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A geometric approach for the conceptual design of polymerization reactor systems
In designing a reactor system to produce a resin, the limits of feasible molecular weights and conversions provide targets and alternatives for the design and a rapid assessment of feasibility. To find the feasibility limits for polymers a geometric method called the attainable region has been developed in terms of quantities which can be specified during production: moments of the molecular weight distribution for homopolymers and average compositions for copolymers. These quantities can be related to properties and calculated in simulations. However, the key is to find the limits of these quantities without fully specifying the reactor system. From the attainable regions for free-radical polymerizations, maximum and minimum molecular weights and the reactor systems corresponding to these limits have been determined. In particular, it is found that isothermal polymerizations can produce molecular weights an order of magnitude greater than adiabatic systems. The highest molecular weights are substantially above those typically produced, and so products with different properties than those currently made may be possible. From the feasibility limits it was determined that the highest molecular weights are produced in an isothermal continuous stirred tank reactor, and when only adiabatic reactors are considered the maximum molecular weight is produced in a plug-flow reactor. These extremes of perfect backmixing and plug-flow arise because the type of mixing which produces the highest molecular weight depends on whether molecular weight increases or decreases with conversion. For copolymers, the attainable region shows the limiting reactor systems and feasible average compositions. The results show that through a simpler method one can find the feasible copolymer compositions. These limiting compositions are bounded by the feed composition and the product of a plug-flow (or batch) reactor. Along with the attainable regions of molecular weights and copolymer compositions, other dependent variables can be determined and developed into "corresponding regions." These regions show in two dimensions the limits for dependent variables when finding the feasibility limits of an attainable region. In the case of homopolymers, corresponding regions show the polydispersities, initiator concentrations, and residence times for the associated attainable molecular weights. For copolymers the corresponding regions show the conversions, molecular weights, and residence times for attainable copolymer compositions. These regions can be used to find alternatives for reactor system designs. Thus, with these methods, one can find the feasible products, target reactor systems for achieving the limiting products, and generate alternatives for reactor systems that meet product specifications.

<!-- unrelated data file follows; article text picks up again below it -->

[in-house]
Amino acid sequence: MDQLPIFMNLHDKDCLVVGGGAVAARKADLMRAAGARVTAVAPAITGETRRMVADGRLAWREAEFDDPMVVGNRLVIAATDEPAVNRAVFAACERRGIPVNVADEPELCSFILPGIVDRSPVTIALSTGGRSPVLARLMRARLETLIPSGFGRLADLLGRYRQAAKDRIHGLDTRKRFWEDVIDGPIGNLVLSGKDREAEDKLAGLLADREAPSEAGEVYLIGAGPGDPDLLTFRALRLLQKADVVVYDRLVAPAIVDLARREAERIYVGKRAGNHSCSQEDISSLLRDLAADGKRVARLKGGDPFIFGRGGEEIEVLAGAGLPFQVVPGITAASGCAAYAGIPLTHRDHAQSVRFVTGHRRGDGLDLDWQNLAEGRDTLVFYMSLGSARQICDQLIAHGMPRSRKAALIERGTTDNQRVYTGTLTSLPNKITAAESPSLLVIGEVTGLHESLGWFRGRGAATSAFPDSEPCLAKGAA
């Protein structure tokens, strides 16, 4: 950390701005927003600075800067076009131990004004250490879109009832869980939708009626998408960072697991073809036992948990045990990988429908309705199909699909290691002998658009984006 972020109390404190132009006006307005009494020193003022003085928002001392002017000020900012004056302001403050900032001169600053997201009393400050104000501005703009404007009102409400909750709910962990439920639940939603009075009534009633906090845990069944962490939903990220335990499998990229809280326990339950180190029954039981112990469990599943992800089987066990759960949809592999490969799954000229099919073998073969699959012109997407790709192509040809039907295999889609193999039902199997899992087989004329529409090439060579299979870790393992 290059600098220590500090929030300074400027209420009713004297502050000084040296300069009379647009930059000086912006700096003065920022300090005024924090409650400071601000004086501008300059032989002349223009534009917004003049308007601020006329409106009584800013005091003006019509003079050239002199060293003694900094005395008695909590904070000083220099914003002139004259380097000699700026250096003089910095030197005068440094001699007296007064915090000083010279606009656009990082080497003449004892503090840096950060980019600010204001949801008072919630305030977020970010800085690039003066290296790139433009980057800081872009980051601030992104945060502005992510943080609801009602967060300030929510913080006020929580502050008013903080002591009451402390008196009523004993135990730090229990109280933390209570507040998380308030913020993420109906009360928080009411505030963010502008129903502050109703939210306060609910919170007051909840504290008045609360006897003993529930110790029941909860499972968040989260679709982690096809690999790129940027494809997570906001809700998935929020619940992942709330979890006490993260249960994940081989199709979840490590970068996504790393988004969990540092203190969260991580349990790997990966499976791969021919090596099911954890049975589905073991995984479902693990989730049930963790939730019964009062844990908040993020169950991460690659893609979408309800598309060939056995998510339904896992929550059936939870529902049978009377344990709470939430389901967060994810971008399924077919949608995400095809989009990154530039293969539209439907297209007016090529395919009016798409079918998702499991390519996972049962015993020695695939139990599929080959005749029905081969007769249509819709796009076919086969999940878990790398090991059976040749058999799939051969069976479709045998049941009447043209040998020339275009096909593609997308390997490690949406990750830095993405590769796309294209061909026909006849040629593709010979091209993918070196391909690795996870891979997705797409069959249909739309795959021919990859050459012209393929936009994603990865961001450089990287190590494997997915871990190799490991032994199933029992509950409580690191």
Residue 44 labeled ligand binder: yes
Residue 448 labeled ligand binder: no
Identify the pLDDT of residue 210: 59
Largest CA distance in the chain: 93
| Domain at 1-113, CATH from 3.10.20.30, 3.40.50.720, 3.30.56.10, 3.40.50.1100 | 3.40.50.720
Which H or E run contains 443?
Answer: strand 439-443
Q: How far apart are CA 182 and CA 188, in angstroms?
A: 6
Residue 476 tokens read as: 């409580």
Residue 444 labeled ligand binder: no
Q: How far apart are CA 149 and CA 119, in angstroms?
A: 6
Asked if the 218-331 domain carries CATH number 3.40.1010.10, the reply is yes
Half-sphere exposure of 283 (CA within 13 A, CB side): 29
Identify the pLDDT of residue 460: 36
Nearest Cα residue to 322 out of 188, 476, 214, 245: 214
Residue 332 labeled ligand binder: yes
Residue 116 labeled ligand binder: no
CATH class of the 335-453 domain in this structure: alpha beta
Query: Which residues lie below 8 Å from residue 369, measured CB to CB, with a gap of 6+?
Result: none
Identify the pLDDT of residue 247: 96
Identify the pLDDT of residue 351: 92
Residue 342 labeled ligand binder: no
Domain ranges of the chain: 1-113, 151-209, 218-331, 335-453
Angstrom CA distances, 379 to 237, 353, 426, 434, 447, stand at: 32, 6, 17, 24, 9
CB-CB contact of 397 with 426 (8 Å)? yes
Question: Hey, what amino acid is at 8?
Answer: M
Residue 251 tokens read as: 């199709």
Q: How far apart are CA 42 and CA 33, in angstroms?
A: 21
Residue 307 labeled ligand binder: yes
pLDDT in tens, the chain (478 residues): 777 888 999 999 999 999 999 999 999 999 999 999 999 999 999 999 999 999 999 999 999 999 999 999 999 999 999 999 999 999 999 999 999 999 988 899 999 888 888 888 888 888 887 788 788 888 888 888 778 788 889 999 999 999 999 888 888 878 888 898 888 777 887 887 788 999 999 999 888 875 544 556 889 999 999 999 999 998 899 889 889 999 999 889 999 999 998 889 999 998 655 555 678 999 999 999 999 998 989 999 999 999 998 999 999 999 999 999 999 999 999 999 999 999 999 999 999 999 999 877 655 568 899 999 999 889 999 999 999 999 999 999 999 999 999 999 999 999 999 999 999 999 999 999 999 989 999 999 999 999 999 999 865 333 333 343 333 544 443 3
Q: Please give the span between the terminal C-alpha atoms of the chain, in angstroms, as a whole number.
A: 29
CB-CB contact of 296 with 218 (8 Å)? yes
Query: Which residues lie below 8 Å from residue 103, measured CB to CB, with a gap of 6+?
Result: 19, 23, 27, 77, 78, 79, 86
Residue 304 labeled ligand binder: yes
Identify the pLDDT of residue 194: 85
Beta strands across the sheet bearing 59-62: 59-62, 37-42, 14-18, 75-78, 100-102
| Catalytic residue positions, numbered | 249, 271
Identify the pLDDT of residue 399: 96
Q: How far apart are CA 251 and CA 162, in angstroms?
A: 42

Smith, Raymond L, "A geometric approach for the conceptual design of polymerization reactor systems" (1998). Doctoral Dissertations Available from Proquest. AAI9909221.